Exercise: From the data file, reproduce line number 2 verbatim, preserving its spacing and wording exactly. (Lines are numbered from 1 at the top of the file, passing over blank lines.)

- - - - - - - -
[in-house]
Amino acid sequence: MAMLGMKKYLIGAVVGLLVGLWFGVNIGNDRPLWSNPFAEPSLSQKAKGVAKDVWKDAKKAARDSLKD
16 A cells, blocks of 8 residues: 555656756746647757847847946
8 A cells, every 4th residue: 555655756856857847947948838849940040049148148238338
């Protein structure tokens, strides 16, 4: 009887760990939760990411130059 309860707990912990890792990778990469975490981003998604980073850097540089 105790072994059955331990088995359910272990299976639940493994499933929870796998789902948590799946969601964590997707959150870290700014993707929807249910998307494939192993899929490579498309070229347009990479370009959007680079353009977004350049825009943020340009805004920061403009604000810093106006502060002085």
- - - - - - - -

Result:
Amino acid sequence: MAMLGMKKYLIGAVVGLLVGLWFGVNIGNDRPLWSNPFAEPSLSQKAKGVAKDVWKDAKKAARDSLKD